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Invited Commentary
December 14, 2018

Listen to Your Patient

Author Affiliations
  • 1Division of Cardiovascular Medicine, Department of Internal Medicine, University of Michigan, Ann Arbor
  • 2Michigan Integrated Center for Health Analytics and Medical Prediction, University of Michigan, Ann Arbor
  • 3Center for Clinical Management and Research, VA Ann Arbor Medical Center, Ann Arbor, Michigan
JAMA Netw Open. 2018;1(8):e185433. doi:10.1001/jamanetworkopen.2018.5433

The benefit of percutaneous coronary intervention (PCI) for stable coronary artery disease has been hotly contested in recent years.1,2 On one hand, physicians and patients alike instinctively believe that mechanical relief of coronary stenoses is superior to optimal medical therapy in improving “hard” outcomes like myocardial infarction (MI) or death. Yet, randomized trials thus far have been unable to demonstrate the benefit of PCI beyond improvement in symptoms in patients without acute MI. Whether this was owing to limitations in prior studies or because this hypothesis was incorrect remains unclear. The anticipated International Study of Comparative Health Effectiveness With Medical and Invasive Approaches (ISCHEMIA) trial was designed specifically with the intention of adding further clarity to this question.3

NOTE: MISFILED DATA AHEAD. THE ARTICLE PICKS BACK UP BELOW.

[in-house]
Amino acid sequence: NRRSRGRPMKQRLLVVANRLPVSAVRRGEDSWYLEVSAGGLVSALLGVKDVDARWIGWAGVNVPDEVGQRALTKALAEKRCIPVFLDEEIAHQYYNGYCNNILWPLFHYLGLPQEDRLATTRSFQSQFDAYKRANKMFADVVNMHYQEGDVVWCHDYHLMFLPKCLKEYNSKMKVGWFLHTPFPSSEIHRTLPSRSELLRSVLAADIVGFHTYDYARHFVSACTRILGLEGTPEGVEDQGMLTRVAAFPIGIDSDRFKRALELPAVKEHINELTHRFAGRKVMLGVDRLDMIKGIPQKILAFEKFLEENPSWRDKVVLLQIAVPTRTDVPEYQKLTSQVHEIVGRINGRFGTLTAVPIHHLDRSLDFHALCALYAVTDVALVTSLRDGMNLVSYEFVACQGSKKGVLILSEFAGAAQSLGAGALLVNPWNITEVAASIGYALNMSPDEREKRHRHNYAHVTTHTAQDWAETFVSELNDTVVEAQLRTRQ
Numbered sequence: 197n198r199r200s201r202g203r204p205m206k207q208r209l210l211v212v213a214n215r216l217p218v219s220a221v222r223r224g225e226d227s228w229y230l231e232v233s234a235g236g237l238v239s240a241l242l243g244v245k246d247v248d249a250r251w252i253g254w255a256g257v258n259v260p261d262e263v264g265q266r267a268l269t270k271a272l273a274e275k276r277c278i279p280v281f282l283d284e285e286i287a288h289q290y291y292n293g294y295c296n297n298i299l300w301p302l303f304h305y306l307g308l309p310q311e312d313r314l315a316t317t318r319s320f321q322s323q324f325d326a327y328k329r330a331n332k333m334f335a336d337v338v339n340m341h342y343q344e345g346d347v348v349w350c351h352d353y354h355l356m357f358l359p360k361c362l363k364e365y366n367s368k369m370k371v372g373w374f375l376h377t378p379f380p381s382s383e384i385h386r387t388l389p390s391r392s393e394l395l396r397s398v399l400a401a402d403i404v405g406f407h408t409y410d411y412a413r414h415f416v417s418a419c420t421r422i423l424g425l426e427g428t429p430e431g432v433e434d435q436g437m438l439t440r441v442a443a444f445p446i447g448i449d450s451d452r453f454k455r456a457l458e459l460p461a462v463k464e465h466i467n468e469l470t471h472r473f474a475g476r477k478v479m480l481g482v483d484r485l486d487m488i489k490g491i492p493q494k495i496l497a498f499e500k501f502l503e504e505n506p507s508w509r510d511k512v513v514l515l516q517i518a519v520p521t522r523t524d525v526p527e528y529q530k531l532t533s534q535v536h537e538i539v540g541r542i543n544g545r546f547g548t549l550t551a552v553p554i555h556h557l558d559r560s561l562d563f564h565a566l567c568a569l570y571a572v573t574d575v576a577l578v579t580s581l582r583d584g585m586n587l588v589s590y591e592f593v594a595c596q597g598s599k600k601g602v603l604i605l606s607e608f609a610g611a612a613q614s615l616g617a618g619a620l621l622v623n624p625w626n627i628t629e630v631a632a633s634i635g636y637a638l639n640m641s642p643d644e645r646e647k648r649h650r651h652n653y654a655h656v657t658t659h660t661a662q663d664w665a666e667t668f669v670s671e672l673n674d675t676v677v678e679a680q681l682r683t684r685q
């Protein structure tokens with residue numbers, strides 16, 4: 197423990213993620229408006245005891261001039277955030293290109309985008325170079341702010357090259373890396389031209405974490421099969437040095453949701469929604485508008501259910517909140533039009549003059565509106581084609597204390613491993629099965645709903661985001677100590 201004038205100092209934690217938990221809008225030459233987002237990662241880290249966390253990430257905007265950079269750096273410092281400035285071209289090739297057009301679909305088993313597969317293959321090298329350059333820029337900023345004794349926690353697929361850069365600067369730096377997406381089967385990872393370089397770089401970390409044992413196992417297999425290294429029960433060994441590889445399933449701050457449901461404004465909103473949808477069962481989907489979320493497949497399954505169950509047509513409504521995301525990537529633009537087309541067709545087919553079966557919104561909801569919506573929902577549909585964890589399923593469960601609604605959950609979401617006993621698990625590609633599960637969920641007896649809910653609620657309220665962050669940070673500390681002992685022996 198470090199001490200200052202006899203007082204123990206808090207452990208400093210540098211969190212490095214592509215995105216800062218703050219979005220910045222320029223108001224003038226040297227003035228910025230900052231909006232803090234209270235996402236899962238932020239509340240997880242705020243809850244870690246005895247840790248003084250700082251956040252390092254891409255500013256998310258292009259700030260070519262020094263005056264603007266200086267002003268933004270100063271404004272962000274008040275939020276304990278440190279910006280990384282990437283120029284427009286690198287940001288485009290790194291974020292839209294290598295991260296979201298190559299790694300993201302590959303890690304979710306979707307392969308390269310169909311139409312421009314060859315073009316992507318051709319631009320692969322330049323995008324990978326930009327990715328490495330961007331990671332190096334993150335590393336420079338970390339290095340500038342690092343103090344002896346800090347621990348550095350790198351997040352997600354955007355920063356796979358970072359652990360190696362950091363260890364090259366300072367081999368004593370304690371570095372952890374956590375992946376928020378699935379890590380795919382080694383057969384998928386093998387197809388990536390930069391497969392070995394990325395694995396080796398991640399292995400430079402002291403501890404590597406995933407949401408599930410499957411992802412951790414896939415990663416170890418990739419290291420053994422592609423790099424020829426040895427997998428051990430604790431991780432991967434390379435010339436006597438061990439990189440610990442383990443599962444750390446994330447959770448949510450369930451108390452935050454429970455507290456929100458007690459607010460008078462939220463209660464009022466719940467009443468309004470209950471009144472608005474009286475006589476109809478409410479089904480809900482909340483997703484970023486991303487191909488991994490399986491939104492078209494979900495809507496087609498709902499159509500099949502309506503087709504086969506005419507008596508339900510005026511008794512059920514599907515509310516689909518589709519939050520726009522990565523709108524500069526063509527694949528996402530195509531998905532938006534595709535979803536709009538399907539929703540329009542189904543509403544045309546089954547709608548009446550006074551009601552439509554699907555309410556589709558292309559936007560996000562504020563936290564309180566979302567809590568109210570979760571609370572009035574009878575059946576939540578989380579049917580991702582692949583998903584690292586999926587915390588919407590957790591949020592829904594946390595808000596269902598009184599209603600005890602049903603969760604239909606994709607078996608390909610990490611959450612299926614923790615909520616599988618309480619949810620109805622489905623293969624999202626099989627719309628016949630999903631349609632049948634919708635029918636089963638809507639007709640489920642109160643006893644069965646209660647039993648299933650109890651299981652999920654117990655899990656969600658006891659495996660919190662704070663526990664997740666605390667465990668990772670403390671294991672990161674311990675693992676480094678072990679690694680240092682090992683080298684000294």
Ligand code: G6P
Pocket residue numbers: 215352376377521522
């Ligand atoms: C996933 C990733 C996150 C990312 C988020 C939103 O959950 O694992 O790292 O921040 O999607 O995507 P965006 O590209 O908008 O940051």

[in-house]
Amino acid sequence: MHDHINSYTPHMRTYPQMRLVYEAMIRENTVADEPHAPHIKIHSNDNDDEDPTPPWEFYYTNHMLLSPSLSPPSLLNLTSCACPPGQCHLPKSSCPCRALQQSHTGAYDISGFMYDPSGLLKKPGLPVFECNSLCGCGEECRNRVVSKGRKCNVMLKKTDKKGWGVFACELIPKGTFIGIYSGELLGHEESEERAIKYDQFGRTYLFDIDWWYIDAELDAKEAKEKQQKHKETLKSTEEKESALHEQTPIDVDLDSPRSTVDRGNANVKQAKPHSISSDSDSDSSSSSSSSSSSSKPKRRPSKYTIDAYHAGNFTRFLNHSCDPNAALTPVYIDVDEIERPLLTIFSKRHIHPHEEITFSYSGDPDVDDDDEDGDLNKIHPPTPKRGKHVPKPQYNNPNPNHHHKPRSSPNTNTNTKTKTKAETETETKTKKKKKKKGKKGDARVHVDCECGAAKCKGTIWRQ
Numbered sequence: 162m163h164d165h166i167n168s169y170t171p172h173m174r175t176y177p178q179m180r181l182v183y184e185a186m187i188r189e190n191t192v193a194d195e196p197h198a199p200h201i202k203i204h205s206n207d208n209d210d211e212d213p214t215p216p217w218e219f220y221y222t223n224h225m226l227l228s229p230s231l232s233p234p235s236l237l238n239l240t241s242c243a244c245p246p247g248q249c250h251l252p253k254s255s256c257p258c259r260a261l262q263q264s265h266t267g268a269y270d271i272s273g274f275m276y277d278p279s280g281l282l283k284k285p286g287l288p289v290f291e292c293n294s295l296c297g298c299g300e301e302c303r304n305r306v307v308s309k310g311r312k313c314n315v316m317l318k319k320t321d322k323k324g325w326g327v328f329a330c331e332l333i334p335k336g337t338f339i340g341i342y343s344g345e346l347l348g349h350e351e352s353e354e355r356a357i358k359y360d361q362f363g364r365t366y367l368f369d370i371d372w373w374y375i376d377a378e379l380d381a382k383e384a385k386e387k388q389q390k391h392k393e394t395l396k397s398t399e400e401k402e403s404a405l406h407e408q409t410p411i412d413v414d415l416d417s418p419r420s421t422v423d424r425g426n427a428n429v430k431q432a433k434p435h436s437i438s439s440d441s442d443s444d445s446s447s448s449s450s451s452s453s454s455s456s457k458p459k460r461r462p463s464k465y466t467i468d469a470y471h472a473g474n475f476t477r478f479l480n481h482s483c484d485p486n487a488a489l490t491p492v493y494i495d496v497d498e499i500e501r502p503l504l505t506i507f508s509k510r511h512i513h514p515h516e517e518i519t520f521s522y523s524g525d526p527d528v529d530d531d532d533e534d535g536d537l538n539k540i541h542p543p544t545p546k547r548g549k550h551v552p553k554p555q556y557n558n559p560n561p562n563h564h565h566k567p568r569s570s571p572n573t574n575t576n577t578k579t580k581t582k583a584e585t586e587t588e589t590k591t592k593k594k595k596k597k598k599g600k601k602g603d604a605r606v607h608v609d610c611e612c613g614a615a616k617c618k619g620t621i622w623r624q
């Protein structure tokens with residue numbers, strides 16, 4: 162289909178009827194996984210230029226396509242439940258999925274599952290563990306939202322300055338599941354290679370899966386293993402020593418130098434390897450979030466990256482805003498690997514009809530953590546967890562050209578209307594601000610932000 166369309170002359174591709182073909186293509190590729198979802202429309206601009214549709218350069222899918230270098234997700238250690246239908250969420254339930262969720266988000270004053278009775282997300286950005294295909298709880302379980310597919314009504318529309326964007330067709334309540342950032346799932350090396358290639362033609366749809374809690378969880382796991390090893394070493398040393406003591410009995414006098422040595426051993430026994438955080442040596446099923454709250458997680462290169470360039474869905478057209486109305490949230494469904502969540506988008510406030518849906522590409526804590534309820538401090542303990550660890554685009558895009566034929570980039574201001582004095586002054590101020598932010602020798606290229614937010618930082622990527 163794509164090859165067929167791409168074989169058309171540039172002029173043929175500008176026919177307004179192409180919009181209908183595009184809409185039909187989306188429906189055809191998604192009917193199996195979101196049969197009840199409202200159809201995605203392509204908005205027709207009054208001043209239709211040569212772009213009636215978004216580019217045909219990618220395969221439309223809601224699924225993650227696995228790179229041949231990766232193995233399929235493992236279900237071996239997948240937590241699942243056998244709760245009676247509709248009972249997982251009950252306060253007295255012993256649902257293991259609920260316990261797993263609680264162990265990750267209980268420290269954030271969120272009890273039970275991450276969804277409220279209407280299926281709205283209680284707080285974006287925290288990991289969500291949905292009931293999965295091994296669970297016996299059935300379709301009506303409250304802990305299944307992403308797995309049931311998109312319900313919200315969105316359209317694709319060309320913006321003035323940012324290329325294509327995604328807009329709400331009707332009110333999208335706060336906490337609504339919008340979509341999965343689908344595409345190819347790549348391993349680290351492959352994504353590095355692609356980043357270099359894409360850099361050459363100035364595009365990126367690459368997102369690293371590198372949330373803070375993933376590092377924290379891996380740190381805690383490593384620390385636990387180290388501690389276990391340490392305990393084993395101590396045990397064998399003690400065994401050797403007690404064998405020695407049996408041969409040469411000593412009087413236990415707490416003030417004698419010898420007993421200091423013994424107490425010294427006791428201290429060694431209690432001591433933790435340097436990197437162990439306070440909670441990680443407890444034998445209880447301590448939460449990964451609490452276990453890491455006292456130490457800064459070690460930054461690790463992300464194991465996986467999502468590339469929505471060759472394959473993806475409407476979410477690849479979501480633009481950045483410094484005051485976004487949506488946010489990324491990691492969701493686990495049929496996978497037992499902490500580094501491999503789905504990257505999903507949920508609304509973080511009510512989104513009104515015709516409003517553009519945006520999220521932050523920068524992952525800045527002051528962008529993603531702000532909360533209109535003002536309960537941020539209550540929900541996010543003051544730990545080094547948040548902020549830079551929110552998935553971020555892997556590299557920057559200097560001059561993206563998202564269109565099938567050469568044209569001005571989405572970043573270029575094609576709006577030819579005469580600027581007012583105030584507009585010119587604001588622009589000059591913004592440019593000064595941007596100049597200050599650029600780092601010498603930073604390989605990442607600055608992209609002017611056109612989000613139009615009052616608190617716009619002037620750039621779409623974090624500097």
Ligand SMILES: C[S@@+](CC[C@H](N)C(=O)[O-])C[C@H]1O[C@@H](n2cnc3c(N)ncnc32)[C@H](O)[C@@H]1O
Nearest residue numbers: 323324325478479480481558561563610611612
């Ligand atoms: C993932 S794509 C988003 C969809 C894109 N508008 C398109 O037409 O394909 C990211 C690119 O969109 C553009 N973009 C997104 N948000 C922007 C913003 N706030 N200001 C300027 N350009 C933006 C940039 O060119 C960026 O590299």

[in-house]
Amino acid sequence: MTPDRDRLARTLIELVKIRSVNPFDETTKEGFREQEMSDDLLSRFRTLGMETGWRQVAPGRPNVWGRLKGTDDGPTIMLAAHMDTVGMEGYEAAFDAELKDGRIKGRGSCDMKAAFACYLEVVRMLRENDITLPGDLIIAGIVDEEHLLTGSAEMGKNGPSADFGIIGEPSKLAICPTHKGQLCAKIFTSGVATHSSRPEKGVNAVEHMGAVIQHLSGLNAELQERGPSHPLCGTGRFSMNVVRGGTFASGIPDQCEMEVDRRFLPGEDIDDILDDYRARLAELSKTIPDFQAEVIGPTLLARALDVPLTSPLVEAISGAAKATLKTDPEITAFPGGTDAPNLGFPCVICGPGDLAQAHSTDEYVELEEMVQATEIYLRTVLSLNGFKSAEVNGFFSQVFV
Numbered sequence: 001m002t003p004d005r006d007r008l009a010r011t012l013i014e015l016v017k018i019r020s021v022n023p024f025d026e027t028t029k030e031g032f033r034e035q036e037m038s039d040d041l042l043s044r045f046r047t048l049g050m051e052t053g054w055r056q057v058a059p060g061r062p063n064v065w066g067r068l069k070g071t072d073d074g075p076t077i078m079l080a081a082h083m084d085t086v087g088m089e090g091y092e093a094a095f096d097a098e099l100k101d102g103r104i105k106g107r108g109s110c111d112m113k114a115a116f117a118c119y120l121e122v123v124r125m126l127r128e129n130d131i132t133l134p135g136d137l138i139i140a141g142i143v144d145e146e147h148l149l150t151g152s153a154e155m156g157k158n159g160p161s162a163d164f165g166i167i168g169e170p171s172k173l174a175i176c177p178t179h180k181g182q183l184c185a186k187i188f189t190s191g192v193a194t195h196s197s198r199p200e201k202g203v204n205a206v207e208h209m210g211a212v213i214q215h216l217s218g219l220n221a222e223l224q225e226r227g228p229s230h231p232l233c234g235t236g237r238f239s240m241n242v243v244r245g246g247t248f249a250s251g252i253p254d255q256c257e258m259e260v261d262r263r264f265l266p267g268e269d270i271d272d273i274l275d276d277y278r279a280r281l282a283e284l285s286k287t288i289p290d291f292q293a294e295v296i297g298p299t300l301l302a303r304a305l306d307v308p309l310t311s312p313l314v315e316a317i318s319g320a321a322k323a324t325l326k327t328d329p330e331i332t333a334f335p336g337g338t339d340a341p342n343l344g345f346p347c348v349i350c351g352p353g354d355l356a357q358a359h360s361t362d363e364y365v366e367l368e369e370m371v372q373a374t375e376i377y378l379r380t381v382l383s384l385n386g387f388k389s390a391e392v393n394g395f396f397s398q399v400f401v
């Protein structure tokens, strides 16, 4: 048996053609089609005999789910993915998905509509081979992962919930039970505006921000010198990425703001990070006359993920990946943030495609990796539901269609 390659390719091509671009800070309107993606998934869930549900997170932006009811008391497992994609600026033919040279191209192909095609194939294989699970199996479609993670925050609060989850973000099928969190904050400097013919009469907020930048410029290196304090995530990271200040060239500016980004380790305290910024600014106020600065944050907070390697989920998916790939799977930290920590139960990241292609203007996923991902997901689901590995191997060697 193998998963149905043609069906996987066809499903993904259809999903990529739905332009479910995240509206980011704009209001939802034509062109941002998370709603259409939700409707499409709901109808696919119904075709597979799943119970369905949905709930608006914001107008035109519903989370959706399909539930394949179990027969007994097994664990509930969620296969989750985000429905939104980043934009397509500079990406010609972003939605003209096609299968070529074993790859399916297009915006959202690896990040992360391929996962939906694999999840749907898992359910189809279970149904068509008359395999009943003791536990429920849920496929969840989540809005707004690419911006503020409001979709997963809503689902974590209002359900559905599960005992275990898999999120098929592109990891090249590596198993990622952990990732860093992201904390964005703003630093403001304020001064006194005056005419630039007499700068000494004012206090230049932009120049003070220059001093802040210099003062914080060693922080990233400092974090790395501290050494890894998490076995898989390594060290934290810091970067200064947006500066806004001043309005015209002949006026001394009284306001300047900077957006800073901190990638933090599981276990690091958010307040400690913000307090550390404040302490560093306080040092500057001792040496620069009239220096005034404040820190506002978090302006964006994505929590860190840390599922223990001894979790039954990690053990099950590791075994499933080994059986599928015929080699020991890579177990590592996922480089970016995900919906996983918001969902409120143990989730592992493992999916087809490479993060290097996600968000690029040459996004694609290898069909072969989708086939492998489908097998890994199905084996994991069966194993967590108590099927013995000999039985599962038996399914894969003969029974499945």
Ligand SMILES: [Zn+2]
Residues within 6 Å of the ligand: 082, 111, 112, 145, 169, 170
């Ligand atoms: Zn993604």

It is in this context that the study by Lu et al4 sheds new insights. Lu et al4 considered the extent to which 1611 patients enrolled in the large China Patient-Centered Evaluative Assessment of Cardiac Events (PEACE) Prospective Study—and who received PCI in the absence of MI—benefited from treatment.5 The analysis expands our understanding of how PCI is used in the world’s most populous country in several fundamental ways. First, the study reported on patient-reported symptoms collected using the validated Seattle Angina Questionnaire (SAQ).6 Second, the study described in-hospital complications and treatment patterns among these patients. Third, the long-term benefits of PCI were reported in relation to changes in the SAQ from baseline—a critical piece of information for a procedure that in this setting largely targets quality of life.

Several key observations were worth highlighting. Approximately one-quarter of the study population had stable coronary artery disease, and one-quarter of those in the study population had no angina symptoms in the 4 weeks prior to their procedure. Even among the remaining three-quarters of the study population diagnosed with unstable angina, 175 of 1168 patients (15%) reported no angina symptoms at the time of the procedure.

But most interesting was the finding that nearly 1 in 5 patients overall had minimal symptoms with an SAQ frequency score between 90 and 100. This is a key point and raises the question of why PCI was performed at all with such little room for improvement. Possible explanations are that clinicians suspected atypical symptoms reflecting angina equivalents were present. It also could be that the physicians were treating ischemia detected on noninvasive testing in the hopes of improving “hard” outcomes. Lastly, financial or other gain by clinicians in recommending further diagnostic and therapeutic testing must be considered.